Too Cool To Swim?

Autumn has its grip on most of the northern hemisphere and our wild waterways are cooling down fast. I have heard the usual chatter about the ‘last open water swim of the season’ and I fully sympathize.

However, I want to raise the challenge to hold onto your open water swimming a bit longer than you normally have, if possible.

Yes, it’s getting cooler, or perhaps it is downright cold already. Others have said its time to quit for the season. But what would it take to get you back in your favorite local wild water spot one more time, or even a few?

A wetsuit?

A friends to join you?

Calm weather?

A kayak escort?

A change in your expectation for the swim?

A simple decision to just do it?

An invitation?

Some inspiration?

matias ola cold water

Hazaña Mundial de Matías Ola en el Estrecho de Bering


I admit that in the Med around Antalya I won’t encounter much discomfort in the sea for a couple more months. And even at its coolest (15 C) this is not ‘cold’ by open-water swimmer standards, just at the lower edge of ‘cool’. But I began the commitment last year to stay swimming through the coolest months because I wanted to adapt to my local waterway and keep the freedom I have here (and to quit risking my health at the local pool!).  I have been greatly rewarded for it. I have looked forward to the cooling sea with relish – something I could not imagine I would have felt a few years ago.

For the coldest 3 months last year (late December, January and February) I wore a 1/2 mm sleeveless neoprene speed suit to take the edge off the cold (which had mixed results, actually). And I acquired the habit of taking cold showers to the point that I find hot ones rather unpleasant now. I was surprised by how much my body adapted. When the water started climbing again in the spring I was immediately out of the speed suit. I treated it as an exploration with no pressure to fulfill my quest in any particular way – just get out there to swim as often as possible and learn as much as I could. I only stayed away when the storms and wind collected too much silt and dangerous debri for me to safely swim through. And that salt water flushing through my sinuses and throat all winter was a great aid in keeping the head colds at bay.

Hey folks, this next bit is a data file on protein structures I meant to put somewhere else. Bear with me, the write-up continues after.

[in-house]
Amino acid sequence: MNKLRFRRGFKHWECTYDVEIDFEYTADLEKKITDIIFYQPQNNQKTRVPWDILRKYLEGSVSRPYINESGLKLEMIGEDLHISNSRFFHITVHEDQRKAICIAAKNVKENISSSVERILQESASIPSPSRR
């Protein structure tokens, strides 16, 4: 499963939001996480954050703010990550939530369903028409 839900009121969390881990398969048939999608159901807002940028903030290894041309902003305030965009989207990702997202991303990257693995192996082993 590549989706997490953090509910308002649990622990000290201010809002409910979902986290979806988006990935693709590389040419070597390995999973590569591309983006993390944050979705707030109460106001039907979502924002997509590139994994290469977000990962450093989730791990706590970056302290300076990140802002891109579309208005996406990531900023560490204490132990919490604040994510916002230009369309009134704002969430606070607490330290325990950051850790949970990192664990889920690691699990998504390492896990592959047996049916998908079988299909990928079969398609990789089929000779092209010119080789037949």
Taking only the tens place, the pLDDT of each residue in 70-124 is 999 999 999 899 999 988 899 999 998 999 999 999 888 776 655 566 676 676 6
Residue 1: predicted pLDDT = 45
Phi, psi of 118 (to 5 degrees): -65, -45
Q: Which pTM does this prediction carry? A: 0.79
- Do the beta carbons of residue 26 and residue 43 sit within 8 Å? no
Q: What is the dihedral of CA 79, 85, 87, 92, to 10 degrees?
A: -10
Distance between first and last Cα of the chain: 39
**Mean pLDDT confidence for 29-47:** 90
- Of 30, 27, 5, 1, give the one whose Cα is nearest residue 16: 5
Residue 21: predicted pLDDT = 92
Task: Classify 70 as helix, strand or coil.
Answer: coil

In response to my challenge I would like to hear about your autumn open water swimming possibilities and your thoughts about these two questions:

What obstacles stands in your way of staying in your local wild water a bit longer?

What rewards might await you if you find a way to over come those?

Send me a note!

PS – we’ll be writing much more about the pleasures and realities of cool/cold water swimming in the coming months. Stay tuned!


2 responses to “Too Cool To Swim?

  1. It’s a combination of things, really. And, yes, most of them are excuses.

    The biggest reason is because it’s cold (duh). Through trial and error I’ve figured out that 17 degr C I can swim in open water with some discomfort. 15-16 degr my hands and feet get numb after about half an hour. Even when wearing a wetsuit. I’m sure I could get my body used to that with more regular training.
    The second biggest reason is boats. They scare the living daylights out of me. In the summer when it’s warm, boat drivers are used to there being people in the water. But when it gets colder they think nobody’s in the water when it’s so cold, and are less careful. My local council has promised to set up a line in the lake next year, much like Terry’s New Paltz line, so this will be a lesser problem.
    The third reason is light. I dare not venture into open water outside daylight hours because of safety reasons. And the days get shorter quick this time of year in Scandinavia. As a full-time working father of three, I usually swim at 8 p.m. and it’s already pitch black then this time of the year.

    • Oh, yeah up north there is perpetual Night Swimming!

      That would take up the complexity of safety (and mental peace) to another level. Cold, dark, lonely, and boats that don’t see or care. That’s a very tough combination.

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